Interview: Goichi Suda

Interview: Goichi Suda

Grasshopper Manufacture’s logo says in big bold letters that ‘Punk’s Not Dead.’ That might strike some as a little try hard. But you can’t say the studio doesn’t try hard: think of GHM and you think of neon collages, sharp edges, and lots of gratuitous swearing. Its latest project, Shadows Of The Damned, is a collaboration with Shinji Mikami and Electronic Arts – and surprisingly GHM’s first attempt at HD visuals. We sat down with studio head Goichi Suda, aka Suda-51, to discuss the game, the partners, and find out what he means by ‘Psychological Action Thriller.’

Where did this project start?
When I was making Killer 7 I had plenty of ideas, and some of them came to shape this game. I told Mikami-san at the time about them and he expressed his interest in making it in the future with me. After a while, I was able to announce the collaboration with EA two years ago. Then the conditions were right for Mikami-san and myself to work together.

You revealed a project, ‘Kurayami’, a while ago in Edge – is this game now Shadows Of The Damned?
I believe some of that project’s essence is indeed present in Shadows Of The Damned. But they’re two different titles.

The trailer channeled some famous actors and movies. Are these your main inspirations when coming up with a game concept?
I don’t especially try to mimic or get my inspiration like that. But I guess my personal hobbies and points of interest took me over when designing the game’s world. I wanted the hero to have some Spanish or South American kind of charisma. Maybe Benicio Del Toro is the incarnation of that idea. I wanted to deliver a kind of cool hero that’s never been seen in a game yet: in the end, this is the character I wanted.

The world is the representation of the nightmare inside my head. Yep, inside my head: it’s just like that! It all began with one nightmare, I spread it to my staff, and now it’s theirs!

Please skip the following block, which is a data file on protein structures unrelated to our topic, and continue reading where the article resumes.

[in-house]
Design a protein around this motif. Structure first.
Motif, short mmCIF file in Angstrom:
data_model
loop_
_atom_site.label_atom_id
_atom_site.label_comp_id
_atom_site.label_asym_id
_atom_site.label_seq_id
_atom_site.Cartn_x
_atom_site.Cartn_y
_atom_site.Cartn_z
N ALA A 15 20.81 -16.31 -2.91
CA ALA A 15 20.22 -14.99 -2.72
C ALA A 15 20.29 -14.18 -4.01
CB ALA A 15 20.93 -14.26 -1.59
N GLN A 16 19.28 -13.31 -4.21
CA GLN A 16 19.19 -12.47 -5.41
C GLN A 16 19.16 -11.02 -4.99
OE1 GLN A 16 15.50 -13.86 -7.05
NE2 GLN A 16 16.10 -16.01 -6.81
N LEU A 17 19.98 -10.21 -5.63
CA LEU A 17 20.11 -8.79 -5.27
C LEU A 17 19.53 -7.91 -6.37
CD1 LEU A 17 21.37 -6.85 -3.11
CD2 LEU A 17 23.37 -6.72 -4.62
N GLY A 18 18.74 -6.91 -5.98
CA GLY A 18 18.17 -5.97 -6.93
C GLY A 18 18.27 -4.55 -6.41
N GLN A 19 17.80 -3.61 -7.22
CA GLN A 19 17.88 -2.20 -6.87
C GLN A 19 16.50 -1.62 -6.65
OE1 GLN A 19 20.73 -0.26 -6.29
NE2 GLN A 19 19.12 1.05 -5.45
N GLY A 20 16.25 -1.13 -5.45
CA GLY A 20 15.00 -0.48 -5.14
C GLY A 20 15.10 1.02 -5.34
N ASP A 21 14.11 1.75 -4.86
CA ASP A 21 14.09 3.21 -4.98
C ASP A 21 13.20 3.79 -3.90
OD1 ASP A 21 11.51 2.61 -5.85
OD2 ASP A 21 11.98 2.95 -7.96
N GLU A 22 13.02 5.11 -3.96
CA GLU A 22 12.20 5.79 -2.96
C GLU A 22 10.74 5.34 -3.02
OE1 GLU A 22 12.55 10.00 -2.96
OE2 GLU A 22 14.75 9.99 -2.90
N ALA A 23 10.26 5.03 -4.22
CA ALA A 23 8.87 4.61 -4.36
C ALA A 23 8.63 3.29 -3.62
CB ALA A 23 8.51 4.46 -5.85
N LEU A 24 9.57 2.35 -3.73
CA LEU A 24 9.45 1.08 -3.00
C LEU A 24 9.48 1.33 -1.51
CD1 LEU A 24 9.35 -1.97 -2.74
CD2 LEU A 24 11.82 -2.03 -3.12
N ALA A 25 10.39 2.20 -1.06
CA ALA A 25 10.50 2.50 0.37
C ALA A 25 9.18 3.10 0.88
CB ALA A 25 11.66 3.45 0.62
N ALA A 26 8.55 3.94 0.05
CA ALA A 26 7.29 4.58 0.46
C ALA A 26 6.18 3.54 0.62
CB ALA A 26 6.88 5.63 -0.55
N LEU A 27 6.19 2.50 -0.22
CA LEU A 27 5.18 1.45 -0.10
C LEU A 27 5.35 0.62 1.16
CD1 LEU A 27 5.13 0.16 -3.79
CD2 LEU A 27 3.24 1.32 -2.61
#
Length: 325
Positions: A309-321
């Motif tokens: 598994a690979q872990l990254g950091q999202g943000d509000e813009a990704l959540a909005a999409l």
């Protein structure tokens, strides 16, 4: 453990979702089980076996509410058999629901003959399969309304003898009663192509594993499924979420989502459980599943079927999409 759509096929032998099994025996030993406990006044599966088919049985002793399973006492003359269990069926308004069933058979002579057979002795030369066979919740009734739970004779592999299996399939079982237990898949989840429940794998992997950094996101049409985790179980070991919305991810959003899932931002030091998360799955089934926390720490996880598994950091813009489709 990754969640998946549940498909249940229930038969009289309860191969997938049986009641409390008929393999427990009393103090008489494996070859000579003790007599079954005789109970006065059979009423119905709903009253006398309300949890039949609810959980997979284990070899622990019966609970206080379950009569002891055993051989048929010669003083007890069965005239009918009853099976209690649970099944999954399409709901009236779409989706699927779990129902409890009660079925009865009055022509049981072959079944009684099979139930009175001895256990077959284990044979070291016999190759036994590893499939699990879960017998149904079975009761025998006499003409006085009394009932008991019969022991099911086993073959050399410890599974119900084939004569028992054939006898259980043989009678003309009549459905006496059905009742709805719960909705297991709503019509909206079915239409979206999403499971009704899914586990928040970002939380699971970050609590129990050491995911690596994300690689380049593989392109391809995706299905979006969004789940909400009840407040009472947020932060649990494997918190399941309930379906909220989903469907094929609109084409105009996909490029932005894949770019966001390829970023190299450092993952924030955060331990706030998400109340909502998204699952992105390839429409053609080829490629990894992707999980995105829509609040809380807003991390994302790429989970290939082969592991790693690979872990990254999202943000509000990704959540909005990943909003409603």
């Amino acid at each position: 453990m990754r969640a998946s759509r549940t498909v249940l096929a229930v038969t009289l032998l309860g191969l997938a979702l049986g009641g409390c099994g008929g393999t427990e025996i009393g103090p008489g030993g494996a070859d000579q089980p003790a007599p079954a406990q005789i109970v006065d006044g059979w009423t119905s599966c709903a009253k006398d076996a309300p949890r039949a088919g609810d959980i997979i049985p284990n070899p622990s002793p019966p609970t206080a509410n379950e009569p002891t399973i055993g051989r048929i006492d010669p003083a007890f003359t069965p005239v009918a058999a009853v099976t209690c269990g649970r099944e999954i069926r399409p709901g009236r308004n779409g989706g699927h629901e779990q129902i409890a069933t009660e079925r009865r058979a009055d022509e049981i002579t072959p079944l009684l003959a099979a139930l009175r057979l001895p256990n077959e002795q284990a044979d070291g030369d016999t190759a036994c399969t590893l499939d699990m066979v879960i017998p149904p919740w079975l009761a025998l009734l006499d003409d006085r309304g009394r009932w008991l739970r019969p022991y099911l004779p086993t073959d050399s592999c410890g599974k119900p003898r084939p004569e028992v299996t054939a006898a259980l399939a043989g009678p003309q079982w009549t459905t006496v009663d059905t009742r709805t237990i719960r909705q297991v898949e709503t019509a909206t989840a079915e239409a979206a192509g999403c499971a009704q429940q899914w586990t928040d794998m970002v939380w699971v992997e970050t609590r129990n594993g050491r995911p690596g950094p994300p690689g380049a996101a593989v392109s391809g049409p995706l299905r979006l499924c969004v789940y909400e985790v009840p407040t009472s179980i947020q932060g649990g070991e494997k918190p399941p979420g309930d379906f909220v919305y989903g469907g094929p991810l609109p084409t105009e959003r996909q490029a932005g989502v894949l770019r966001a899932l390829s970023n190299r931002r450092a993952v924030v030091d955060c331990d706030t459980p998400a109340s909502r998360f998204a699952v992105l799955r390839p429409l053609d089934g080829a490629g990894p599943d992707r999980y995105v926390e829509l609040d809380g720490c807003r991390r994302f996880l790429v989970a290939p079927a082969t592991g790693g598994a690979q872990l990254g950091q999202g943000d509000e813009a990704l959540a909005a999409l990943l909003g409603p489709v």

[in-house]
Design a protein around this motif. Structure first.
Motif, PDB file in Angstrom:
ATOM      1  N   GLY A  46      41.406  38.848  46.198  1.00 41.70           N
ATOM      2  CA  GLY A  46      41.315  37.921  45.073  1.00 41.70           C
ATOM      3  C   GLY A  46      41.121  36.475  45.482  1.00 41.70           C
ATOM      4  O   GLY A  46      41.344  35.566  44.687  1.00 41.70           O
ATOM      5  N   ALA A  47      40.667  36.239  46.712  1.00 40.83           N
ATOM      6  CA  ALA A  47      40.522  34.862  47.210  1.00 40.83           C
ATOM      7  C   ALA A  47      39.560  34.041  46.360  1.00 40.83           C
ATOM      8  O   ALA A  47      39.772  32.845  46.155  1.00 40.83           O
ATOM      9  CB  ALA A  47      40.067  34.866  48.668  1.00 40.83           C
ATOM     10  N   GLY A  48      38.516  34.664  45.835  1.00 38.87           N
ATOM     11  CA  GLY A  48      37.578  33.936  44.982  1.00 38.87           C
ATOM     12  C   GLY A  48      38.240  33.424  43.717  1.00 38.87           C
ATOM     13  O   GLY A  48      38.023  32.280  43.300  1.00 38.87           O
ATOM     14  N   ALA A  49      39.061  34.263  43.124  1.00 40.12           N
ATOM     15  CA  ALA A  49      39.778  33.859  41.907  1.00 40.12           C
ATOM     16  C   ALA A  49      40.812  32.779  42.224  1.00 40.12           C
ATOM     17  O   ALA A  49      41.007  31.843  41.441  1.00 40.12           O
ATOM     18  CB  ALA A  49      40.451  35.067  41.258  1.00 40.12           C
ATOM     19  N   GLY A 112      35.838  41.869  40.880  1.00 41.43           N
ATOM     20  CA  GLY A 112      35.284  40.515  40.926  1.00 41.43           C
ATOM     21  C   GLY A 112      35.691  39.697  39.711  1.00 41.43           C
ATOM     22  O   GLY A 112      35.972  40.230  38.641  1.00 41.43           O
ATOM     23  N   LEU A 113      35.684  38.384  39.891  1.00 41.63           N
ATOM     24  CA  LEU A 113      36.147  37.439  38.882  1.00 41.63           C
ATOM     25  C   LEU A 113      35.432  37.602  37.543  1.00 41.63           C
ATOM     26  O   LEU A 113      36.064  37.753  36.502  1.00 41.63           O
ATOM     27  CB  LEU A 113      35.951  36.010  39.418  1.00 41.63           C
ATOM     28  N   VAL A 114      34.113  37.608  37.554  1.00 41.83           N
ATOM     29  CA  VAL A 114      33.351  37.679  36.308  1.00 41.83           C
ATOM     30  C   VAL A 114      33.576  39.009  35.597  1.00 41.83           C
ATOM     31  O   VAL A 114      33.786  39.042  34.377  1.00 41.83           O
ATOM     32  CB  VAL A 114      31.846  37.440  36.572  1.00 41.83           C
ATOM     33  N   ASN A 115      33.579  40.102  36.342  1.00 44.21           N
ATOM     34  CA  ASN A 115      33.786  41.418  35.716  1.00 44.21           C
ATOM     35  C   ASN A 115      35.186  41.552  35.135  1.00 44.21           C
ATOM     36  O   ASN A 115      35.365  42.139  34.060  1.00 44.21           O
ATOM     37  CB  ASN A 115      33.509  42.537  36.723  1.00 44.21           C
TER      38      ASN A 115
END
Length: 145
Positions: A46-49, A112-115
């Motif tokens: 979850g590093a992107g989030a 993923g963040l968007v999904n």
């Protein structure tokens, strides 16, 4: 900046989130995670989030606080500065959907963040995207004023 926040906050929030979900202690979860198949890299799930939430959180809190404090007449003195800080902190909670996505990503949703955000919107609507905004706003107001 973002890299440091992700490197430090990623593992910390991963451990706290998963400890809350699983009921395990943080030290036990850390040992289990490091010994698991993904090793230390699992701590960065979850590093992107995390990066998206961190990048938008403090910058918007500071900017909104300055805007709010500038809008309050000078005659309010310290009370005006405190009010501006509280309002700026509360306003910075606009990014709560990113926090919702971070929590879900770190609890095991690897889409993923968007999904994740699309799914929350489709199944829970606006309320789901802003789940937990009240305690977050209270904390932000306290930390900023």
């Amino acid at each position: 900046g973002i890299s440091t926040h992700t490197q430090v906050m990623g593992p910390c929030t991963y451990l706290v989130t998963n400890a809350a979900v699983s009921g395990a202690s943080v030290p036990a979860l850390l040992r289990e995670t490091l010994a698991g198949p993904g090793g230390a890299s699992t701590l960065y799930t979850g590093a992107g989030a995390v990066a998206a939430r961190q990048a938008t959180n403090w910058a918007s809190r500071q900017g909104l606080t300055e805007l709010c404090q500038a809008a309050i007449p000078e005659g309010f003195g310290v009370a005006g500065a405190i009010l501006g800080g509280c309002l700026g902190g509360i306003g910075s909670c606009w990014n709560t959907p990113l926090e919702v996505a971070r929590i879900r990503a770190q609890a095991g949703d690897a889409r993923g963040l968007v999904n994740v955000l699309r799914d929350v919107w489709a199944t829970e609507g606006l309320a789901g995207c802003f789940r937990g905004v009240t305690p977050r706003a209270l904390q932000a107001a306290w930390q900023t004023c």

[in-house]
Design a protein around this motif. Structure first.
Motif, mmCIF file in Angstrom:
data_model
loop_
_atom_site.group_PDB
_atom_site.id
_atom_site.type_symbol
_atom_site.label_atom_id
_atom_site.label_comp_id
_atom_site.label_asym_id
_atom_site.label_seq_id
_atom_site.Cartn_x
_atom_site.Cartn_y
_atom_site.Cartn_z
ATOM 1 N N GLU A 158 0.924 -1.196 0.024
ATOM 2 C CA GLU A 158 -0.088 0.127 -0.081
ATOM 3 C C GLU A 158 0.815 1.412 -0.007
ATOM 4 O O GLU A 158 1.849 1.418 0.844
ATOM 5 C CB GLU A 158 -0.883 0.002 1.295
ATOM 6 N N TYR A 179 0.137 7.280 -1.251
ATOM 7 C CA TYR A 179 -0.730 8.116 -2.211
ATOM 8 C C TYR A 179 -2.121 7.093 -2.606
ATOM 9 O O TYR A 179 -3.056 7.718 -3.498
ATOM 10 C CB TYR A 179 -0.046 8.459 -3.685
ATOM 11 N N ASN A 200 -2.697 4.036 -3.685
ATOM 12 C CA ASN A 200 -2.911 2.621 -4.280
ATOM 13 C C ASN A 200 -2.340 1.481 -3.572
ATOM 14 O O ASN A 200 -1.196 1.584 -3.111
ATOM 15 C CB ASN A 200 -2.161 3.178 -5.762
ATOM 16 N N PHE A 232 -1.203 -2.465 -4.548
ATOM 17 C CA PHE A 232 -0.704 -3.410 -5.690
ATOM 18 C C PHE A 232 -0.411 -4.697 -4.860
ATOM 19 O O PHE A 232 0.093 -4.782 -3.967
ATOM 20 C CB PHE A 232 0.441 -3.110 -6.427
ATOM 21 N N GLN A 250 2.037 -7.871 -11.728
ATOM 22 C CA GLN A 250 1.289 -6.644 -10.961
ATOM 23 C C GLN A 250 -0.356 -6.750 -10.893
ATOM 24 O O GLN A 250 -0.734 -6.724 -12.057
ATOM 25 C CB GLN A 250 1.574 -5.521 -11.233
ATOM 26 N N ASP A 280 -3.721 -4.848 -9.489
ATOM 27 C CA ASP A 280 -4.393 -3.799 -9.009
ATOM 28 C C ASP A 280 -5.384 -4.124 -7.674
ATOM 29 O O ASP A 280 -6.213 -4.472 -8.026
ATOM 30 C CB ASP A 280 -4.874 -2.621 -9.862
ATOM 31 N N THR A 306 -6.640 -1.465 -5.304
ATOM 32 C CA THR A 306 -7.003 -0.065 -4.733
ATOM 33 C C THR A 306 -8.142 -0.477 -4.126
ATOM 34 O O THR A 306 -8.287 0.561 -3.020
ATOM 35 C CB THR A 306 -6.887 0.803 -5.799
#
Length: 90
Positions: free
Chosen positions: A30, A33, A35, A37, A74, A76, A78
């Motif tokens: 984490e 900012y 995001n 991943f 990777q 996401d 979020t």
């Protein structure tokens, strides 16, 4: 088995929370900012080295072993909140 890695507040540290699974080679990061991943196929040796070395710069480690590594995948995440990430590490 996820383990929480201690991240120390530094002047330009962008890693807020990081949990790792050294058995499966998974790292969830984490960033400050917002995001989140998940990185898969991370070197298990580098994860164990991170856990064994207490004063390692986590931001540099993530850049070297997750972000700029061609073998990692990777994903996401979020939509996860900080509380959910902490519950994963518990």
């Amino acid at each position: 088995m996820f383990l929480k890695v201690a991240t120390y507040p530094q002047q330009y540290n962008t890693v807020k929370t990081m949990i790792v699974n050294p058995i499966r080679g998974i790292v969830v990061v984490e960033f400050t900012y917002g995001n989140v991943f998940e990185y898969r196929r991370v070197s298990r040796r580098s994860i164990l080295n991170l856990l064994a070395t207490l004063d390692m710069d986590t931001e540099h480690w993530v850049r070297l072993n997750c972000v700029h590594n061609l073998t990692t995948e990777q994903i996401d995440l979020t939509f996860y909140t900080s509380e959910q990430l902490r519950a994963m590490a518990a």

This is your first experience with the Unreal Engine. How was the learning curve?
This is indeed our first experience with Unreal, and it’s also our first HD project. It took us a lot of time and energy to understand that engine. It took us roughly two years to achieve the visuals we have today.

With a thirdperson action game, you’re entering a pretty crowded market
We wanted to make an action game but, having said that, we had to decide what kind of action game we were about to develop. Yeah, there are tonnes of them already on the market. The challenge was to create an experience that’s refreshing, original enough to stand out in a very crowded genre. We knew it had to be some kind of punk style, as that’s become the signature of our studio, and EA provided lots of advice to help us shape our project. Their input was invaluable.

In what area?
We’re aiming at a large western market with this game and we need a clear understanding of it. We learned a lot listening from EA’s experience. It’s hard to put it in words, but there are various feelings and styles they helped us with so that what we mean by ‘cool’ would also mean something to western users. It taught us the difference between our creative work and theirs. We were able to fill any gaps we had in our knowledge, any misconceptions we may have had. I believe this is going to be big for our future.